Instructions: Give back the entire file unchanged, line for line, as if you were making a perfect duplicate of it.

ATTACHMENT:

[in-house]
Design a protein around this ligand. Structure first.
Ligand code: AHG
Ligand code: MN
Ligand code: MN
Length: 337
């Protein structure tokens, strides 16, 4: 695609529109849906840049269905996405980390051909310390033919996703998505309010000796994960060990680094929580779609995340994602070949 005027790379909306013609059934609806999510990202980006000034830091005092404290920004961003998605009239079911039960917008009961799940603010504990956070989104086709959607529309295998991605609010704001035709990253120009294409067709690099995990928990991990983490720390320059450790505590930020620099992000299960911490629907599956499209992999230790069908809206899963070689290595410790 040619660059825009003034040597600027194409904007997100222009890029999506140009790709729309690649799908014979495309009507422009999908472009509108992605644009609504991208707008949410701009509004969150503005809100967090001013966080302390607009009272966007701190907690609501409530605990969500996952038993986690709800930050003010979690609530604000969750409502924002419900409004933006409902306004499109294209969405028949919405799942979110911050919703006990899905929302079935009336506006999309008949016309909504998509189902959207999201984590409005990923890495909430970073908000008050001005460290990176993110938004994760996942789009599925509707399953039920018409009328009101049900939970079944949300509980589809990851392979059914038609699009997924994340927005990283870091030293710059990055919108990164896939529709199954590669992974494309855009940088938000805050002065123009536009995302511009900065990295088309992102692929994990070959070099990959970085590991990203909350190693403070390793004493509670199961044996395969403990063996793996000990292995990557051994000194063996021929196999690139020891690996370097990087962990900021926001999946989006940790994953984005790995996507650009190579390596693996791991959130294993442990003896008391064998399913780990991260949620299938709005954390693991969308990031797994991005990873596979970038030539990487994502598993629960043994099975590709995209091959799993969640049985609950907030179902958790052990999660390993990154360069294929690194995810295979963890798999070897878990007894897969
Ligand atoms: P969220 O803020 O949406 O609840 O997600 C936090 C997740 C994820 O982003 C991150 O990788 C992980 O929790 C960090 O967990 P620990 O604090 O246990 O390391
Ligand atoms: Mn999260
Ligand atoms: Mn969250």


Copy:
[in-house]
Design a protein around this ligand. Structure first.
Ligand code: AHG
Ligand code: MN
Ligand code: MN
Length: 337
């Protein structure tokens, strides 16, 4: 695609529109849906840049269905996405980390051909310390033919996703998505309010000796994960060990680094929580779609995340994602070949 005027790379909306013609059934609806999510990202980006000034830091005092404290920004961003998605009239079911039960917008009961799940603010504990956070989104086709959607529309295998991605609010704001035709990253120009294409067709690099995990928990991990983490720390320059450790505590930020620099992000299960911490629907599956499209992999230790069908809206899963070689290595410790 040619660059825009003034040597600027194409904007997100222009890029999506140009790709729309690649799908014979495309009507422009999908472009509108992605644009609504991208707008949410701009509004969150503005809100967090001013966080302390607009009272966007701190907690609501409530605990969500996952038993986690709800930050003010979690609530604000969750409502924002419900409004933006409902306004499109294209969405028949919405799942979110911050919703006990899905929302079935009336506006999309008949016309909504998509189902959207999201984590409005990923890495909430970073908000008050001005460290990176993110938004994760996942789009599925509707399953039920018409009328009101049900939970079944949300509980589809990851392979059914038609699009997924994340927005990283870091030293710059990055919108990164896939529709199954590669992974494309855009940088938000805050002065123009536009995302511009900065990295088309992102692929994990070959070099990959970085590991990203909350190693403070390793004493509670199961044996395969403990063996793996000990292995990557051994000194063996021929196999690139020891690996370097990087962990900021926001999946989006940790994953984005790995996507650009190579390596693996791991959130294993442990003896008391064998399913780990991260949620299938709005954390693991969308990031797994991005990873596979970038030539990487994502598993629960043994099975590709995209091959799993969640049985609950907030179902958790052990999660390993990154360069294929690194995810295979963890798999070897878990007894897969
Ligand atoms: P969220 O803020 O949406 O609840 O997600 C936090 C997740 C994820 O982003 C991150 O990788 C992980 O929790 C960090 O967990 P620990 O604090 O246990 O390391
Ligand atoms: Mn999260
Ligand atoms: Mn969250």